The American Political Party System

I have concluded that many, if not most, people who speak and/or write about the political party system in the United States have little, if any, real knowledge of the various political party systems that have existed in the United States. It is my opinion that those who criticize the American political party system should do so from a perspective of knowledge rather than a perspective of ignorance. Consequently, I am recommending four articles from Wikipedia to assist these people in a quest for enlightenment. If, and after, reading the four articles, maybe, just maybe, the ill-informed pundits may change their tune, and hopefully seek even more knowledge on the subject, but I doubt it on both counts.

Using your computer mouse, click on the title of each of the four following Wikipedia articles in order to open a new browser window to read the corresponding article:
First Party System
Second Party System
Third Party System
Fourth Party System

About Roland Louis Hansen

I have been: an organization development consultant; a college-level instructor of political science, psychology, and sociology; a public administrator; a social worker; an elected official; a political operative; a community activist; a union official; a shoe salesman and manager, a factory worker; a fast food restaurant employee; and, a custodian.
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5 Responses to The American Political Party System

  1. Tim Higgins says:


    There is certainly nothing inherently wrong with elected officials gathering with a common purpose, agenda, and platform. In a Representative Republic, having them do so to achieve a common goal is the only way that anything could be done in government. If some of them doing so choose to call themselves a caucus or political party, hooray for them.

    What started off as something that even Alexander Hamilton (who formed the first political party in this country, the Federalist) feared, has become perverted in ways that I’m not sure even he could have foreseen.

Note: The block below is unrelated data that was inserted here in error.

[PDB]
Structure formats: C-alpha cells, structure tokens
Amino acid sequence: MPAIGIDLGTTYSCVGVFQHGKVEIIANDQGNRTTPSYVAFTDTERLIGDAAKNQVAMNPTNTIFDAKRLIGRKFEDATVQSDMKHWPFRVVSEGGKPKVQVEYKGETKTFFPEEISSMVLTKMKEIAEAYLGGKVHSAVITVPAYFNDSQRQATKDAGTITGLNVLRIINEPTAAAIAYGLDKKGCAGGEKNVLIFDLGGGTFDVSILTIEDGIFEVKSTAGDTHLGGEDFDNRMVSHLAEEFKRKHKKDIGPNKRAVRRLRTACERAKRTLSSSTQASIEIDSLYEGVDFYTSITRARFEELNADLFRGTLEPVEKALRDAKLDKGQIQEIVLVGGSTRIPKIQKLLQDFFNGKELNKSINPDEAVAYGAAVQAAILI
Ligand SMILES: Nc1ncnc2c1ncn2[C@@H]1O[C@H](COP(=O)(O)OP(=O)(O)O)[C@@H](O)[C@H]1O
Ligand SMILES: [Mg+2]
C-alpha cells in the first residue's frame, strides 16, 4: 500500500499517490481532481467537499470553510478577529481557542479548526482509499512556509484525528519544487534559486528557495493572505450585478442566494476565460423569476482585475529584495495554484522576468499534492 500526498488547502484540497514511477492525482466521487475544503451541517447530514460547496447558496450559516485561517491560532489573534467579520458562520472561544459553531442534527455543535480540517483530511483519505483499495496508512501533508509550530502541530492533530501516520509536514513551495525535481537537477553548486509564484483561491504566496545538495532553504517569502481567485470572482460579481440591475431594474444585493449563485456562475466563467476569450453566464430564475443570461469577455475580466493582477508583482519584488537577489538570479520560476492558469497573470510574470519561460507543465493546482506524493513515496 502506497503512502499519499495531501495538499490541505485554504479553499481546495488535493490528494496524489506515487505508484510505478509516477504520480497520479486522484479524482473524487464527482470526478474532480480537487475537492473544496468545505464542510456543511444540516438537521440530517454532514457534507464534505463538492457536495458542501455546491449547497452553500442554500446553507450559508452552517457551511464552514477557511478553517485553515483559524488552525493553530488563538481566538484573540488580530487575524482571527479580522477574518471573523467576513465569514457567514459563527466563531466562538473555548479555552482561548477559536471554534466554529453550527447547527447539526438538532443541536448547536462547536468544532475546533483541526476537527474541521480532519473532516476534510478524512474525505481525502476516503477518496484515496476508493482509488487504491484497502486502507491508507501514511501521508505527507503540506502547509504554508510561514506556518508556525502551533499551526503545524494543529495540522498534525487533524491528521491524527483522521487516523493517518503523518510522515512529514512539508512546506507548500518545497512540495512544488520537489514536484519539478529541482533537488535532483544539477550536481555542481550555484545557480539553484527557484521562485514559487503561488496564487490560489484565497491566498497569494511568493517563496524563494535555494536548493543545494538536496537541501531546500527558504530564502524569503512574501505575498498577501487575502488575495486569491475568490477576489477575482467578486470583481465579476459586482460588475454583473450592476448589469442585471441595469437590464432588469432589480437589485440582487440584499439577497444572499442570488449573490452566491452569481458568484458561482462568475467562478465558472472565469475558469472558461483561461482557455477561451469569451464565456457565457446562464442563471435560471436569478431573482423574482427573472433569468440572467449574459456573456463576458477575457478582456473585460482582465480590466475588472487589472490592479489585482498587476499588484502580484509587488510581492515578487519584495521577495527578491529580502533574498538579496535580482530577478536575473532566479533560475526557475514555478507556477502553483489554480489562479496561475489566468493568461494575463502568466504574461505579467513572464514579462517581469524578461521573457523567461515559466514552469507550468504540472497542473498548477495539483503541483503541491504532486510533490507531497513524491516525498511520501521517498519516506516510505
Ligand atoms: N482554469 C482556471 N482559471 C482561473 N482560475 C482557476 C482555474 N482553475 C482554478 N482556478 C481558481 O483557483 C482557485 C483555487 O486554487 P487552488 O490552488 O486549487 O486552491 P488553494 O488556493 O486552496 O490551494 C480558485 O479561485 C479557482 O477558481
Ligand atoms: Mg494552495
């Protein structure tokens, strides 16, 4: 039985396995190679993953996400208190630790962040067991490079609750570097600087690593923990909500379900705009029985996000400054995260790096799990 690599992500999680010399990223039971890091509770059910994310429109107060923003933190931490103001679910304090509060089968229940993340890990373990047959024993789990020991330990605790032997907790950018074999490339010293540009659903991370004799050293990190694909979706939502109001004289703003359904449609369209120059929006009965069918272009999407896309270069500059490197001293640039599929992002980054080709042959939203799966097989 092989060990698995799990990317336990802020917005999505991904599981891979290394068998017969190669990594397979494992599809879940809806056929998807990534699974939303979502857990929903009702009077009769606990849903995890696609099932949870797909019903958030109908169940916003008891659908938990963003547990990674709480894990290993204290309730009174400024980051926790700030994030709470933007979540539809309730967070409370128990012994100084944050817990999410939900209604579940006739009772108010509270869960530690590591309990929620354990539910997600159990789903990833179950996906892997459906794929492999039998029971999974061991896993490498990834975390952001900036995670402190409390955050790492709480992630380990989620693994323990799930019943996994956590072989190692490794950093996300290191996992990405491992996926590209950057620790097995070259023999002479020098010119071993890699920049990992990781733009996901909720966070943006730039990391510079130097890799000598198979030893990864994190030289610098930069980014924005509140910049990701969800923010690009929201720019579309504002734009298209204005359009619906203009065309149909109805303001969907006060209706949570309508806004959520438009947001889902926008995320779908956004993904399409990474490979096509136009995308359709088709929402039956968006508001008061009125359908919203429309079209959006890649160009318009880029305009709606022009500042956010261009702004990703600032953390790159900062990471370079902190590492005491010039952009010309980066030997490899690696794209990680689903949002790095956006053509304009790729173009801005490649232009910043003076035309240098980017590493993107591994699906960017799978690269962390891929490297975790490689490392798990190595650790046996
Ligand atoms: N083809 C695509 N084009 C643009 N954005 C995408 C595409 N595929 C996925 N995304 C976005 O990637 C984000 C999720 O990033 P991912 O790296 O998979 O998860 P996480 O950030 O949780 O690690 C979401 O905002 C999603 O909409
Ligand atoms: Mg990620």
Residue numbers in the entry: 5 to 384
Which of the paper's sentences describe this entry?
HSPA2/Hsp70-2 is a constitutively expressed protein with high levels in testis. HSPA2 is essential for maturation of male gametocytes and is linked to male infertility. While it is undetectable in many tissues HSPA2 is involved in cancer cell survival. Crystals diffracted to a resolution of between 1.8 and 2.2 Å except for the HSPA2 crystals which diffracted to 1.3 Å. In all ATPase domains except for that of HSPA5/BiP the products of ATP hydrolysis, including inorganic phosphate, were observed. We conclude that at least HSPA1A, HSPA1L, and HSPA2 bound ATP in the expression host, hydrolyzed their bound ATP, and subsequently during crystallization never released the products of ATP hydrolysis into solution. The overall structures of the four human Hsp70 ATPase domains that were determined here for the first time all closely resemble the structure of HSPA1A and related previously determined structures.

Where is there anything today but politically expedient (and not as was hoped for) party ideology? Where is the soaring rhetoric and spirited debate between those holding opposing opinions being held without rancor? (Like we have in some parts of the blogosphere) When did compromise become conceding defeat on a political scoreboard?

    While the concept of political parties may indeed have validity, the perversion currently being perpetrated bears no relation to the historical references that you site. I have said before and will say again that political discourse must be more than scoring points for one team or the other. The two bullies on the field have seemingly now rigged the game so that no one else can play, circumventing the natural evolution of political parties throughout this country’s history; and turning the process into little more than a macabre dance and a form of political self-gratification.


    • Aptly stated, mi amigo Tim. Note that the Fourth Party System ended around 1932 corresponding with the election of FDR, with no emergence of a Fifth Party System yet identified. That seems to be the beginning of the end, er, I mean what we have now, as you have very well explained. While there continues to be numerous minor political parties, the primary election system that has evolved replacing the party caucuses and conventions of previous times (not those of today) has pretty much sealed our fate. The irony of primary elections (at taxpayer expense) is that they are an outgrowth of the cry for reform in allowing everyday folks to have more a say in the party nominee. Two points: 1) Most everyday folks are not well informed on the political parties; 2) The result has been the two major party monopolization of the primary election process.


  2. Judy says:

    Repost from a FB friend-
    John Derinzy
    “Perfect example of why you do NOT elect the President: Ron Paul has the second largest campaign war chest behind the douchbag Romney but gets no news coverage. Is it because he is to right on about what needs to change with this country? Or maybe that he wants to live by the Constitution and not a dictatorship? Let’s return this country to a Republic people and elect Ron Paul. It’s disappointing that he is running as a Republican. The only way to fix the system is to abolish the two party system and the electoral vote.”


  3. I will continue until this country comes back to its senses and elects a slate of business managers whose stated purpose is to:
    Pay down/off the national debt.

    Stop wasting our money on so-called foreign aid.

    Stop the proliferation of Marxist give-away programs designed to redistribute our wealth and prolong the growing dependency on perpetual welfare.

    Make this country financially solvent and dependent solely on its own energy resources.

    Maybe then will other countries see the wisdom in living within their means, instead of foisting the costs of their (our) high living ways upon future generations. . .

    I continue to hope. . .


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